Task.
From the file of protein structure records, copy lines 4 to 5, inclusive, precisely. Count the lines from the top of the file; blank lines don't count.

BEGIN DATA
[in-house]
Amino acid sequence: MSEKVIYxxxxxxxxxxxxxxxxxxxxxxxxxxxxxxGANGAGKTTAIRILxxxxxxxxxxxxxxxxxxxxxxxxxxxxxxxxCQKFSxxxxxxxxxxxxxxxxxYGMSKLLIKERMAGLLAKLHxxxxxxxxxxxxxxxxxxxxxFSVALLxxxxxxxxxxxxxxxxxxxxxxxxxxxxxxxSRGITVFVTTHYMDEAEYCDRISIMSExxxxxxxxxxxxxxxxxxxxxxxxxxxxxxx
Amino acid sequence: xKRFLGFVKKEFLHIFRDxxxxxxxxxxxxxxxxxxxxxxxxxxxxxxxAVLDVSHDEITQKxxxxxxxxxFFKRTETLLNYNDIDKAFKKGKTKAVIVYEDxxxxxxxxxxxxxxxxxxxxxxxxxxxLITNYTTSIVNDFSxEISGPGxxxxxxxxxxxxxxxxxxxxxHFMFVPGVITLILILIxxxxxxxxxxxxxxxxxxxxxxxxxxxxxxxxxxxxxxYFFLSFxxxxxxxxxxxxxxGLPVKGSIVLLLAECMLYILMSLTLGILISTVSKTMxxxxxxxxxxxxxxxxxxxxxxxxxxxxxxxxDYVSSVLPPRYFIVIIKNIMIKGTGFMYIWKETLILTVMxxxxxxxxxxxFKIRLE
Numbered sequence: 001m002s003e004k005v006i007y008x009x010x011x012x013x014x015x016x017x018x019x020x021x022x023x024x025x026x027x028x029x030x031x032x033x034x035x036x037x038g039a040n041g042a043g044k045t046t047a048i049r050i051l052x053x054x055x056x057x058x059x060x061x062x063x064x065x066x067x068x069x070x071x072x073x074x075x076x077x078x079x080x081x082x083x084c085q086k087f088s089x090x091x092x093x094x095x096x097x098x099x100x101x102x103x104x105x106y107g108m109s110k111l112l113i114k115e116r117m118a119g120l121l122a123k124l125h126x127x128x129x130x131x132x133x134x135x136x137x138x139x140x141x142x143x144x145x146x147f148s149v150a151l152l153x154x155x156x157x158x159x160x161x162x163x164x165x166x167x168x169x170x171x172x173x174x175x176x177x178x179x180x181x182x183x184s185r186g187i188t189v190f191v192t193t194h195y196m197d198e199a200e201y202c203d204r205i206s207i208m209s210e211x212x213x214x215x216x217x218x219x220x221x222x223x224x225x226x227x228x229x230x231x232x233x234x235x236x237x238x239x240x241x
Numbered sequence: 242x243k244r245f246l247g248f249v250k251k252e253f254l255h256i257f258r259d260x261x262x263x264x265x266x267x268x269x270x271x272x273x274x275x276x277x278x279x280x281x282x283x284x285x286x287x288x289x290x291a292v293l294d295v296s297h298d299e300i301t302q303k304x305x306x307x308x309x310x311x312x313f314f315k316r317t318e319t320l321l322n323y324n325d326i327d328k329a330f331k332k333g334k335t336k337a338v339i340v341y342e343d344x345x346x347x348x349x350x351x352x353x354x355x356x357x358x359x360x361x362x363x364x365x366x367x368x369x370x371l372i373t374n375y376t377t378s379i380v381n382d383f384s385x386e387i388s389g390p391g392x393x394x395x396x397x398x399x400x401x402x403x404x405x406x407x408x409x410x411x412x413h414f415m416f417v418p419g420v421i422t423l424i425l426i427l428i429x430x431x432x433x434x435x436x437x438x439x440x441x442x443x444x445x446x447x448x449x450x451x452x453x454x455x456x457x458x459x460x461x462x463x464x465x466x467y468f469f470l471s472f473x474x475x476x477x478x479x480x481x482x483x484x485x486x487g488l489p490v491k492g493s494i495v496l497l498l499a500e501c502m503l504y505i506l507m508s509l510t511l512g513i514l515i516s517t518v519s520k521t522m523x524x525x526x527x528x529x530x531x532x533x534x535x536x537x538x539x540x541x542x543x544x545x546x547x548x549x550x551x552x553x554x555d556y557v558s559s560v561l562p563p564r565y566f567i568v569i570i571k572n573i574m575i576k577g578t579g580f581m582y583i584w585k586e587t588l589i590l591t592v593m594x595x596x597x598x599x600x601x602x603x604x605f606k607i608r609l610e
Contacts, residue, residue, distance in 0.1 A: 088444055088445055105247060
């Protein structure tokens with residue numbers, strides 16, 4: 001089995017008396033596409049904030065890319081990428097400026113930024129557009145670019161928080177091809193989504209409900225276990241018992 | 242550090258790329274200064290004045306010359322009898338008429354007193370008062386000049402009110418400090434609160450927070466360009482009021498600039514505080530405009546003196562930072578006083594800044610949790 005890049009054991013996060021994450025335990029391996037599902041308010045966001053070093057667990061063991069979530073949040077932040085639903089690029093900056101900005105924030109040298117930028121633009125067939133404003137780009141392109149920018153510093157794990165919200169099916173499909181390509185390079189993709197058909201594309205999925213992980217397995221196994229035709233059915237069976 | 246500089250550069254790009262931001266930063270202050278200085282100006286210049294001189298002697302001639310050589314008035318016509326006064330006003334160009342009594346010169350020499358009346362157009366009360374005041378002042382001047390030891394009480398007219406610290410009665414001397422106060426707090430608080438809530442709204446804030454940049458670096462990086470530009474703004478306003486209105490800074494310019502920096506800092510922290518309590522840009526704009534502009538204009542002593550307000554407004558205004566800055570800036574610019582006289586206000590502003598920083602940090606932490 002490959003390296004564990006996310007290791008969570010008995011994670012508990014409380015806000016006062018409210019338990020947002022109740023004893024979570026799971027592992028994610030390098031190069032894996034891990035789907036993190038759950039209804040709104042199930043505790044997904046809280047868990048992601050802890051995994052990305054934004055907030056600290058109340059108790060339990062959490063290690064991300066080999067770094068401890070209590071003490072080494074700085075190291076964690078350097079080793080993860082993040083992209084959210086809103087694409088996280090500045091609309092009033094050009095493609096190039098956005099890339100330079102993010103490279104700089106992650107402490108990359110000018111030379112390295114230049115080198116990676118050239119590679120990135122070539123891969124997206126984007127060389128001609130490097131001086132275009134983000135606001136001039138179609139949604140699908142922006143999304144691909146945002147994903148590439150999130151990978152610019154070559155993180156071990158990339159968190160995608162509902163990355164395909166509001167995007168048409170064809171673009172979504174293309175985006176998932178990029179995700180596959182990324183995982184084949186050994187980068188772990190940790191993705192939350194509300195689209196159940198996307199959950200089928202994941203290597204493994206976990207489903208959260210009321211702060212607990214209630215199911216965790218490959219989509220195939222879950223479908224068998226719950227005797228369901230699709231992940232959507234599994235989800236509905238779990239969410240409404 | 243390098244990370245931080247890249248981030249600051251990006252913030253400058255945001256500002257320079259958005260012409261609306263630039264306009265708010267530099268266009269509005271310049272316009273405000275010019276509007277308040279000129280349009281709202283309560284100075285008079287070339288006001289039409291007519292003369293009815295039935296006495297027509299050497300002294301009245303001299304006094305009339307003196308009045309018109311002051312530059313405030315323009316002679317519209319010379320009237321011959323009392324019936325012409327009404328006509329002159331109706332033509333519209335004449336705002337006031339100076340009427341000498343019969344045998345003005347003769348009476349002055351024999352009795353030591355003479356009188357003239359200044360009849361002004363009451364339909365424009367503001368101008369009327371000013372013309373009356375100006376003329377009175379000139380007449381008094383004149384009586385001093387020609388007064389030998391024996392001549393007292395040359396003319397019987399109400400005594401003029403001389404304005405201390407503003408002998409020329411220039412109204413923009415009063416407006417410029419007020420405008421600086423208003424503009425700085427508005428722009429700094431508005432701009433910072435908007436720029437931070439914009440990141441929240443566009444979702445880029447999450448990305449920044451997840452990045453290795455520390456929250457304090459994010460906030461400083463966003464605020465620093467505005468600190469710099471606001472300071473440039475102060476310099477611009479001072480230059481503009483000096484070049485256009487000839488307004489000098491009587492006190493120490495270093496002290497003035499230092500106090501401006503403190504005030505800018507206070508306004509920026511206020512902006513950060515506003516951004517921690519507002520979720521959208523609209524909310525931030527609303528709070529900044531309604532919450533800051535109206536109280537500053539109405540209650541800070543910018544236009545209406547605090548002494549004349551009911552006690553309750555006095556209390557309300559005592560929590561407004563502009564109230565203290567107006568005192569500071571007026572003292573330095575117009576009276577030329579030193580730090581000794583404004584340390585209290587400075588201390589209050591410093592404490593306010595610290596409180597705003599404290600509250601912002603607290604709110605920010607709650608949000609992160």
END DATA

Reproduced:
Numbered sequence: 001m002s003e004k005v006i007y008x009x010x011x012x013x014x015x016x017x018x019x020x021x022x023x024x025x026x027x028x029x030x031x032x033x034x035x036x037x038g039a040n041g042a043g044k045t046t047a048i049r050i051l052x053x054x055x056x057x058x059x060x061x062x063x064x065x066x067x068x069x070x071x072x073x074x075x076x077x078x079x080x081x082x083x084c085q086k087f088s089x090x091x092x093x094x095x096x097x098x099x100x101x102x103x104x105x106y107g108m109s110k111l112l113i114k115e116r117m118a119g120l121l122a123k124l125h126x127x128x129x130x131x132x133x134x135x136x137x138x139x140x141x142x143x144x145x146x147f148s149v150a151l152l153x154x155x156x157x158x159x160x161x162x163x164x165x166x167x168x169x170x171x172x173x174x175x176x177x178x179x180x181x182x183x184s185r186g187i188t189v190f191v192t193t194h195y196m197d198e199a200e201y202c203d204r205i206s207i208m209s210e211x212x213x214x215x216x217x218x219x220x221x222x223x224x225x226x227x228x229x230x231x232x233x234x235x236x237x238x239x240x241x
Numbered sequence: 242x243k244r245f246l247g248f249v250k251k252e253f254l255h256i257f258r259d260x261x262x263x264x265x266x267x268x269x270x271x272x273x274x275x276x277x278x279x280x281x282x283x284x285x286x287x288x289x290x291a292v293l294d295v296s297h298d299e300i301t302q303k304x305x306x307x308x309x310x311x312x313f314f315k316r317t318e319t320l321l322n323y324n325d326i327d328k329a330f331k332k333g334k335t336k337a338v339i340v341y342e343d344x345x346x347x348x349x350x351x352x353x354x355x356x357x358x359x360x361x362x363x364x365x366x367x368x369x370x371l372i373t374n375y376t377t378s379i380v381n382d383f384s385x386e387i388s389g390p391g392x393x394x395x396x397x398x399x400x401x402x403x404x405x406x407x408x409x410x411x412x413h414f415m416f417v418p419g420v421i422t423l424i425l426i427l428i429x430x431x432x433x434x435x436x437x438x439x440x441x442x443x444x445x446x447x448x449x450x451x452x453x454x455x456x457x458x459x460x461x462x463x464x465x466x467y468f469f470l471s472f473x474x475x476x477x478x479x480x481x482x483x484x485x486x487g488l489p490v491k492g493s494i495v496l497l498l499a500e501c502m503l504y505i506l507m508s509l510t511l512g513i514l515i516s517t518v519s520k521t522m523x524x525x526x527x528x529x530x531x532x533x534x535x536x537x538x539x540x541x542x543x544x545x546x547x548x549x550x551x552x553x554x555d556y557v558s559s560v561l562p563p564r565y566f567i568v569i570i571k572n573i574m575i576k577g578t579g580f581m582y583i584w585k586e587t588l589i590l591t592v593m594x595x596x597x598x599x600x601x602x603x604x605f606k607i608r609l610e